PARIS — Dozens of graves in the Jewish cemetery in the small Alsatian village of Westhoffen have been found daubed with swastikas and anti-Semitic graffiti, the latest in a series of cemetery and synagogue profanations in the region.
The historic cemetery, which dates to the 16th century and houses the graves of the families of Karl Marx and former French prime ministers Leon Blum and Michel Debré, is the third Jewish cemetery in Alsace to be desecrated in the last year, according to the authorities.
The police discovered the desecrated Westhoffen graves — about 107 of them — on Tuesday, and on Wednesday the French interior minister visited, vowing to redouble efforts to find the perpetrators.
There have been more than 50 incidents this year of school and village walls and cemeteries scrawled with anti-Semitic graffiti in the region, officials said.
“It raises questions,’’ the rabbi for the region, Harold Avraham Weill, said in an interview on Wednesday night. “All these incidents, and no one has seen anything?”
“There is a silence, a deaf-and-dumbness in the population,” he said. “There are no eyewitnesses. Nobody has seen or heard anything. We are obligated to ask questions.’’
The village of Westhoffen no longer has a Jewish community, though the Jewish population in Strasbourg, 25 miles to the east, numbers about 20,000 and is growing, Mr. Weill said.
“This is what astonishes me,” said Maurice Dahan, president of the Jewish community of the Bas-Rhin department, where Westhoffen is located. “These cemeteries are inside the villages. So I ask myself the question, all those people I saw at the windows yesterday, and nobody saw anything, nobody heard anything? It’s not possible that people never see anything.”
Neither faulted the police inquiry, which is continuing, but both said the police were stumped by a lack of witnesses.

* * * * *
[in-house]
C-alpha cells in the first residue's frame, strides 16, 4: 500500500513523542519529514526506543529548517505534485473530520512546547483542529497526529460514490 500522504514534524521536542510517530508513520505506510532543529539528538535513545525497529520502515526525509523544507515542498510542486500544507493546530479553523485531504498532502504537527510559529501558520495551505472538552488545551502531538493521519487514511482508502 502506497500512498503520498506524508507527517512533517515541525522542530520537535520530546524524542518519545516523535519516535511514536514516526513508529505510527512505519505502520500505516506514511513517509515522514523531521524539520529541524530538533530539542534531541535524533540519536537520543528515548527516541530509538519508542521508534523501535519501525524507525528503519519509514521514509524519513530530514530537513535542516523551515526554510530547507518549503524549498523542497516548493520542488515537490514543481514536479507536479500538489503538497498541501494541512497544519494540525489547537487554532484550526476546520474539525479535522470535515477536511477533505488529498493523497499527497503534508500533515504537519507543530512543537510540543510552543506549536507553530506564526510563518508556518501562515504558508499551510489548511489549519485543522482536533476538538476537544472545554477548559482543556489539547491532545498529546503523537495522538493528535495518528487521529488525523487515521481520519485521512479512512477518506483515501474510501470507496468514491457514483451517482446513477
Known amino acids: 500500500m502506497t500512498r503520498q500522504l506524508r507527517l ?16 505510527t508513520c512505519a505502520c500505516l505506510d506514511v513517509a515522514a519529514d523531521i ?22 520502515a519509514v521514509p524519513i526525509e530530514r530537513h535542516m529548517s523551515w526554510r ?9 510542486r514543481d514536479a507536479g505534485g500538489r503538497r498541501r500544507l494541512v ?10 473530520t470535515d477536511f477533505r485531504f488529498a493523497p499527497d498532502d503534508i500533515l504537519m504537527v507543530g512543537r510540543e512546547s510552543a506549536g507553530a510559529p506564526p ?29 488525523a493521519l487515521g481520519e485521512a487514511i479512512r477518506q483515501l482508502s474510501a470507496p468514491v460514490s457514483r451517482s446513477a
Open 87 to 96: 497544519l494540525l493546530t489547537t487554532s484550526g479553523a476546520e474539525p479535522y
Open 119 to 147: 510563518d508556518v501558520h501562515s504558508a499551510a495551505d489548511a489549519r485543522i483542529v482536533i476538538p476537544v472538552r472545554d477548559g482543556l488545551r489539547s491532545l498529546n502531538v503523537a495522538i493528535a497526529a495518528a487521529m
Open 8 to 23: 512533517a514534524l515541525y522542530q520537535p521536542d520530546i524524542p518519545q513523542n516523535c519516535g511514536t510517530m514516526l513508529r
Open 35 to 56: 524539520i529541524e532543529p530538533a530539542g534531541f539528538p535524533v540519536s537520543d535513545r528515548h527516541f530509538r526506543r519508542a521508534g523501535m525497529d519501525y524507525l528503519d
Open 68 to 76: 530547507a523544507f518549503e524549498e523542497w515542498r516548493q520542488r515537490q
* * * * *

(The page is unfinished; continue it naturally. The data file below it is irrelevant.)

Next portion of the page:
Last February, 96 graves in Quatzenheim were discovered scrawled with swastikas, and almost exactly a year ago tombs at Herrlisheim were found similarly desecrated.
On Wednesday, French Interior Minister Christophe Castaner visited Westhoffen and promised to create a “National anti-hate office” within the national police, to help coordinate the investigation into this and similar incidents.
“Hate has struck, hate is here, on our land,” Mr. Castaner said.
The perpetrators had left indications that they would strike the Westhoffen cemetery, according to Mr. Dahan, twice scrawling on nearby village walls in recent days the words “Cim juif Westhoffen,” meaning “Westhoffen Jewish cem.”
“I think these people who do this are well-organized, even if they are imbeciles,” he said. “They don’t make too many mistakes.”
Jean-Louis Debré, former president of France’s Constitutional Council, who visited the cemetery with Mr. Castaner on Wednesday, and whose family is buried there, said: “I’m not forgetting that 10 members of my family did not come back from Auschwitz.”